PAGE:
Recently, there has been increased interest amongst businesses and technology companies in the concept of a “sharing economy”. However, there has been a lack of proper debate on this concept and the impact it could have in a wide range of industries and sectors, particularly in the CEE countries. Although it’s quite a recent trend in the CEE region, there are new start-ups emerging there, despite there being some barriers to entry. For a sharing economy to become mainstream in CEE Europe, all those involved need to change their mind-sets, from the idea of ownership towards more of an access approach.
Due to the rise of social and digital technologies, there has been a huge shift in the way people live, work, travel, consume and share things with one another, as well as how businesses operate. Consequently, the power has shifted from organisations to networks of people and communities.
Though this shift has brought many opportunities for companies to engage with their customers, it has also posed some challenges for companies and their business models. The idea of a sharing economy is yet to catch on in CEE countries, since most people there are unfamiliar with the concept. However, there is certainly potential for the idea to have a significant impact, especially since CEE countries have widespread internet access now.
But first, let’s define what we mean by the notion of a sharing economy. The sharing economy can be best defined as an economic model that is based on sharing under-utilised assets that could include spaces, skills and physical goods, for monetary or non-monetary benefits. According to The Economist, the value of the sharing economy is estimated to reach £216 billion by the end of 2030. It is believed that more than 80 million people around the world are using those sharing economy services.
The likes of Uber, Lyft, Zipcar and AirBnB are among the most successful companies to embrace the idea of the sharing economy, and have successfully transformed themselves from start-ups to billion-pound companies. These companies understood and embraced the trend of the sharing economy and became early adopters.
Uber is the largest taxi company in the world, and is available across 45 countries. Although the company owns no vehicles their app is already disrupting the overall transportation industry. The company does not only sell transportation, but also time. The company was only founded six years ago, but now is worth more than $70 billion. Uber has a higher valuation than most well-established car companies, and has already surpassed the market value of GM ($55billion), Honda and Ford (both around $60billion).
Furthermore, according to the World Bank’s data on GDP across the word, Uber is actually worth more than the total economic output of 120 countries, or around 60 per cent of the world. Harvard business professor, Clayton M Christensen, described disruptive innovation as instigating whole new markets to emerge. However, disruptive technologies usually underperform compared to established products in mainstream markets – yet these new companies are doing just the opposite.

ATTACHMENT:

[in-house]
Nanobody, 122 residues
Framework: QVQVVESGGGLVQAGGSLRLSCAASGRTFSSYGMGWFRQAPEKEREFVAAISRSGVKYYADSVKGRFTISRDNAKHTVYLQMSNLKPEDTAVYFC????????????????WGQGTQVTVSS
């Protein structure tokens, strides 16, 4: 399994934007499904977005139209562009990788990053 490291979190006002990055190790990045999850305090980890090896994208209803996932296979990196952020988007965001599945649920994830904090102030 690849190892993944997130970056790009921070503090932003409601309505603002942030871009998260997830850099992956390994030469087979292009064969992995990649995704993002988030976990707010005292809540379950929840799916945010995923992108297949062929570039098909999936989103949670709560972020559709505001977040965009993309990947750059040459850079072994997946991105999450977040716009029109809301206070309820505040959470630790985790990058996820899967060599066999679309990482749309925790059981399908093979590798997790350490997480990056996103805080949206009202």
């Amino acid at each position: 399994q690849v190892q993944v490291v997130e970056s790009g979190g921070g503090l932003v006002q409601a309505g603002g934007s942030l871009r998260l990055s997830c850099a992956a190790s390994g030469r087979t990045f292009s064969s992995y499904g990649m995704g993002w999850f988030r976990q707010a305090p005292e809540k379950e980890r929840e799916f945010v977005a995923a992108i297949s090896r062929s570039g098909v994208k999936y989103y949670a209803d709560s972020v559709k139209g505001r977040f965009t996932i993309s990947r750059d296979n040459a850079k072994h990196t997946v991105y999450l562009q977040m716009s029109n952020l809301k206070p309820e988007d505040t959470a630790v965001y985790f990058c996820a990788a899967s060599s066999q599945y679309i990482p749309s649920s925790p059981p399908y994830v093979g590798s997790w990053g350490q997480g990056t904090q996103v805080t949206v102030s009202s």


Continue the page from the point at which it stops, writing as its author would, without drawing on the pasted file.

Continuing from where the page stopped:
These trends pose many threats to traditional companies, who are under attack by these successful start-ups. As a result of the increasing trend, many blue-chip companies are considering embracing this concept with their new products. The potential is enormous, especially in the CEE countries, where less developed economies are more likely to be replaced by newer, more effective models. What companies need to do is to understand these shifts in consumer behaviour and technology and to embrace them, as well as to take advantage of them.
Uber, Lyft, Zipcar and AirBnB are disrupting markets, and forcing companies to re-think their business models and to embrace these changes to their advantage before it is too late. For instance, Airbnb is a service that lets owners rent out their homes to short-term renters at lower prices than traditional hotels. Airbnb has become the world’s largest accommodation provider, yet it owns no real estate. The company is now valued at around $25 billion and poses an enormous threat to the hotel industry.
In response to the trend, the European Commission is looking at leveraging the rise of the sharing economy and, as part of its European Agenda, it is taking practical steps towards promoting sharing economy businesses and also encouraging consumers and businesses to share and utilise their assets. Europe is uniquely positioned to become a global hub for research and development into the sharing economy. Therefore it needs to engage all the relevant stakeholders in order to create a dynamic regulatory framework.
All things considered, it could be argued that the sharing economy has had a significant impact on every industry it touches, and that it is likely to continue to challenge traditional businesses models. In particular, in the CEE region, it may have an even greater impact, since existing models are not so well-defined and are therefore more vulnerable to change. However, further work is needed to predict the impact that the sharing economy will have because it is a relatively new concept and little research has been done.
The views expressed in this opinion editorial are the author’s own and do not necessarily reflect Emerging Europe’s editorial policy.